The longer observation period of the Kepler main mission (up to four continuous years) allows one to better track temporal changes in the seismic parameters for mainsequence solarlike stars. This is illustrated in Fig. 43 where the temporal evolution of the seismic parameters and the photospheric and chromospheric activity proxies are shown for KIC 8006161 (HD 173701) and for the Sun. All of the figures are in the same scale for both stars. KIC 8006161 is a very interesting target because it is a solar analogue (Karoff et al. 2018) with \(M=1.00 \pm 0.03\,M_\odot , R=0.93 \pm 0.009\, R_\odot \), \(T_{\mathrm{eff}} = 5488 \pm 77\ \mathrm{K}, P_{\mathrm{rot}} =21 \pm 2\ \mathrm{days}, \mathrm{age} = 4.57 \pm 0.36\ \mathrm{Gyr}\), and a metallicity that is twice the solar value (\(0.3 \pm 0.1\ \mathrm{dex}\)).
KIC 8006161 has a comparable magnetic activity cycle period (\(\sim \) 7.4 year) deduced from more than thirty years of chromospheric observations (top plot in Fig. 43), being in the rising phase of its cycle during the four years of Kepler observations. Interestingly, the amplitude of all the temporal variations recorded are much larger than the corresponding solar values. Karoff et al. (2018) conjectured that these differences could be a consequence of the higher metallicity of the star. An increase of the stellar metallicity produces larger opacities and thus a larger internal temperature gradient. Therefore, the Schwarzschild criterion for convection (Schwarzschild 1906) is satisfied deeper inside the star leading to a deeper convective zone (van Saders and Pinsonneault 2012). Theoretical studies and numerical simulations have shown that larger convective zones induce larger differential rotation (Brun et al. 2017) and thus a stronger magnetic dynamo (Bessolaz and Brun 2011). Although it is not possible with the present observations to infer how strong the dynamo is, the surface differential rotation is larger than that in the Sun, reinforcing the conclusions. Unfortunately, firm conclusions cannot be derived with only one observations and the study of a larger sample of stars with different metallicities is necessary to completely understand the influence of metallicity on the length and strength of the magnetic activity cycles.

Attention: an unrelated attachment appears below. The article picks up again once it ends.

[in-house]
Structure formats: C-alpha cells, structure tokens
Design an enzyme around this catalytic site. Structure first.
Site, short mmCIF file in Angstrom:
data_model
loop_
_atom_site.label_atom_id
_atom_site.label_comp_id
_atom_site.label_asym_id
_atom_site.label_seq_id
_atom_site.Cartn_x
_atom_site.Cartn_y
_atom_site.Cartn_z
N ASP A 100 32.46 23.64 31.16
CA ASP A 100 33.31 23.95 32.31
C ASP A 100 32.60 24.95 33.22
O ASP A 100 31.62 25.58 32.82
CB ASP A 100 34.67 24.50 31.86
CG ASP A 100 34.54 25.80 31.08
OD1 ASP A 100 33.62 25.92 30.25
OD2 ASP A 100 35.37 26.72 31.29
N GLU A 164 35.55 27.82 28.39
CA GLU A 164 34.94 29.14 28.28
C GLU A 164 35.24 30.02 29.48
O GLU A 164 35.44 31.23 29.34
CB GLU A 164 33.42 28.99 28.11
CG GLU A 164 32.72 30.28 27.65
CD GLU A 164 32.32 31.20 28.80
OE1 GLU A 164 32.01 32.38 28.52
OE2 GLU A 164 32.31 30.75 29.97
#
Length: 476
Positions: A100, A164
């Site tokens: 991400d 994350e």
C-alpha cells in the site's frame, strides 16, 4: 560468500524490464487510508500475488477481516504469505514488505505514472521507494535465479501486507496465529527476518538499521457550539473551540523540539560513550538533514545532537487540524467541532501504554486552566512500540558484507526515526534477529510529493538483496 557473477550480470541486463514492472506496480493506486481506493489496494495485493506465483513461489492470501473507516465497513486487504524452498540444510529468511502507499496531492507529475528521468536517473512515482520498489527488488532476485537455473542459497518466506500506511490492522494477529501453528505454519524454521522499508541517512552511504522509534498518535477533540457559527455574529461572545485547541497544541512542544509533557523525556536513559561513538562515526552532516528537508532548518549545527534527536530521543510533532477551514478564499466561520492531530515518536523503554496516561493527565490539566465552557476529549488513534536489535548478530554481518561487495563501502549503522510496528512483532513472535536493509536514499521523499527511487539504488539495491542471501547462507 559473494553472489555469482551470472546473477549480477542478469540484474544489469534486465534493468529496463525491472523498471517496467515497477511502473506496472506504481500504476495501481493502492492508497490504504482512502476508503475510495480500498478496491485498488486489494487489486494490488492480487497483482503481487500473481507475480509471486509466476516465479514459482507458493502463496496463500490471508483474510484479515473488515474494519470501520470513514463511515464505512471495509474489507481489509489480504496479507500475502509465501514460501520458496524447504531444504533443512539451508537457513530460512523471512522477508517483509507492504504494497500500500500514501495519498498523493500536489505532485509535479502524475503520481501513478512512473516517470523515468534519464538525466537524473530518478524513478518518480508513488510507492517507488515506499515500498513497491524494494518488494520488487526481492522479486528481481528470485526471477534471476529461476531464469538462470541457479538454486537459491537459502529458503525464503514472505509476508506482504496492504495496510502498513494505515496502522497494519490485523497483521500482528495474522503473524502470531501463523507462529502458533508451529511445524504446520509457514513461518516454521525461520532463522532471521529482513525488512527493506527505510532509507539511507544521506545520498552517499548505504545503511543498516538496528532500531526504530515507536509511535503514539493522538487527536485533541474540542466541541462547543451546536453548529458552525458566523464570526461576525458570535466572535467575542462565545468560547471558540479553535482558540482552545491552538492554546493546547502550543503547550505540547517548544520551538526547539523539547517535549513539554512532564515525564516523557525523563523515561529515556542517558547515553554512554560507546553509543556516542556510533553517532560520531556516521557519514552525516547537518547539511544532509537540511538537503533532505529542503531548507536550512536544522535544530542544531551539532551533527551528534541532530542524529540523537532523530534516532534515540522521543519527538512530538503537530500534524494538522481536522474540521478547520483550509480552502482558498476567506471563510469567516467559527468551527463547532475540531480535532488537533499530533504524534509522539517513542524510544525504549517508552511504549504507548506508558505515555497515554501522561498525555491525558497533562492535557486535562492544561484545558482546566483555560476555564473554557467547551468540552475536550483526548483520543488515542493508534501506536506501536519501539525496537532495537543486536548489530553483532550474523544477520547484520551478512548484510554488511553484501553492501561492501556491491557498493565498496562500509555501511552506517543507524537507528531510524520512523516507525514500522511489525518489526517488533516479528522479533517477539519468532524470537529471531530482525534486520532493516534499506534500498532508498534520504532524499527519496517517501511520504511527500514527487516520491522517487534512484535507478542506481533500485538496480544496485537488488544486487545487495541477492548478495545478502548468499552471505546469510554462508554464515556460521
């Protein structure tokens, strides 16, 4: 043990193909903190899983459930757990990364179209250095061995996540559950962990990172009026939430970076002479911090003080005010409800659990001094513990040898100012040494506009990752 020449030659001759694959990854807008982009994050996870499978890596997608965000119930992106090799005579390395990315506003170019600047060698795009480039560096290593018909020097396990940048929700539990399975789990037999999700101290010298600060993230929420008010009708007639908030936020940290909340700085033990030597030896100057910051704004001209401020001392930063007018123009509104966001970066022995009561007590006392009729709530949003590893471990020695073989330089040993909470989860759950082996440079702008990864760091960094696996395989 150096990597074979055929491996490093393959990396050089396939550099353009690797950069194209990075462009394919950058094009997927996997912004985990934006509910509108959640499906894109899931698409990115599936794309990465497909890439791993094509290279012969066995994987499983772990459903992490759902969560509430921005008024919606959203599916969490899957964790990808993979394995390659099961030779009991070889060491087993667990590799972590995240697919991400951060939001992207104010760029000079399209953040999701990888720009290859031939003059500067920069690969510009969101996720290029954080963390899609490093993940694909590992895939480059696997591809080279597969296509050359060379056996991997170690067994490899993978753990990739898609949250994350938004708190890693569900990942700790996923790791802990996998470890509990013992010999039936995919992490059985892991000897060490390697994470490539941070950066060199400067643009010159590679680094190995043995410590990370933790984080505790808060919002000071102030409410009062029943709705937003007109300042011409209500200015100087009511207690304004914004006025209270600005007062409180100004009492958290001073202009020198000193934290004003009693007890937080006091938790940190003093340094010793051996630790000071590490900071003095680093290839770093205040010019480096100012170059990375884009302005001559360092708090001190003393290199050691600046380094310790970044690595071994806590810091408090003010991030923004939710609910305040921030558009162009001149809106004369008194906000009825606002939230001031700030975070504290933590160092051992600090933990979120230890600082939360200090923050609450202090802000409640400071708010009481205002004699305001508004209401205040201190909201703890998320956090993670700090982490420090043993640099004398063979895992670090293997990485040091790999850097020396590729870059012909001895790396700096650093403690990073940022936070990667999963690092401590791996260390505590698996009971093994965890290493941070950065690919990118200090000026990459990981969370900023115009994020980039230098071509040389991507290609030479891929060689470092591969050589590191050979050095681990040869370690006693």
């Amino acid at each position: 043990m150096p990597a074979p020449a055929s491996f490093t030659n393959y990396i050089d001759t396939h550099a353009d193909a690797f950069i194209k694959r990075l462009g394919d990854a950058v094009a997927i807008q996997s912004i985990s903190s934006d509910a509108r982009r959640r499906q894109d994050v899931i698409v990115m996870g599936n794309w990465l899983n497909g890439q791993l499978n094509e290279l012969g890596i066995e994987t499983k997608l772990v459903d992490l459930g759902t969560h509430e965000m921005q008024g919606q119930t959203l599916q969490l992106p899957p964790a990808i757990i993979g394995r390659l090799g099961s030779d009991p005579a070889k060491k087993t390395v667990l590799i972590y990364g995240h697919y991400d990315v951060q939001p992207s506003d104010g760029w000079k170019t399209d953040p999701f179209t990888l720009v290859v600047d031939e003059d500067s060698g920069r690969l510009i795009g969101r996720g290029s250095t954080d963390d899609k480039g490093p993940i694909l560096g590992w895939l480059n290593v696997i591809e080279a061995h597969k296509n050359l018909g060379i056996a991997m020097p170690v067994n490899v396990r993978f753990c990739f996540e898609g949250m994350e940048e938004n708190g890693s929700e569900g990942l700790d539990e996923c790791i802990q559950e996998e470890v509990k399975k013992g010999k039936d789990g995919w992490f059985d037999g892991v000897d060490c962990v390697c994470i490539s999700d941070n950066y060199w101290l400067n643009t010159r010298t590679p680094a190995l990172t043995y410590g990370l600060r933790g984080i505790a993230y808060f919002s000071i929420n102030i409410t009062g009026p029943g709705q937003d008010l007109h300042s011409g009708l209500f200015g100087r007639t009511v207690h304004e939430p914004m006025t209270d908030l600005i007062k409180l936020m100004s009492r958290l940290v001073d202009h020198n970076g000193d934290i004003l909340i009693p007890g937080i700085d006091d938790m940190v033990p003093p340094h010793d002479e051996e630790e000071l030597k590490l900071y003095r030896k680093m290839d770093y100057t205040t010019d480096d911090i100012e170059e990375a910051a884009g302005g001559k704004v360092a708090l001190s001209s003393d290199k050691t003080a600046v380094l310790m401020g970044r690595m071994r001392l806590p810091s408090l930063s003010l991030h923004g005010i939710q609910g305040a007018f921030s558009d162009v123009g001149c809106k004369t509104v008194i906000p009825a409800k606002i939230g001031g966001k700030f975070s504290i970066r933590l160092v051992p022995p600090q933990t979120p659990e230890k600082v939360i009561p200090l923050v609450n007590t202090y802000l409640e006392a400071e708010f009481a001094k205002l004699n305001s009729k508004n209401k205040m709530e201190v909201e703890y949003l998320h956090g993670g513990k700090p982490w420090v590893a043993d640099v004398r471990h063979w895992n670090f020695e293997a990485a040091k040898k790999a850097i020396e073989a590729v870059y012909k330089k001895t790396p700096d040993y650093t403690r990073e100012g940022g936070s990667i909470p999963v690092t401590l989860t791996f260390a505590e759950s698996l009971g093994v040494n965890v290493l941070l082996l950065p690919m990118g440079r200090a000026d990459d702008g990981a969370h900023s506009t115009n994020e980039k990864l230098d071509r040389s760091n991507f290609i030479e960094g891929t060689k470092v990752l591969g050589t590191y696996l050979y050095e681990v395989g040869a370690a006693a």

8.2.2 Relation between the frequency shift strength with effective temperature and age
8.2.3 Relation between frequency shifts and amplitude shifts for a large sample of stars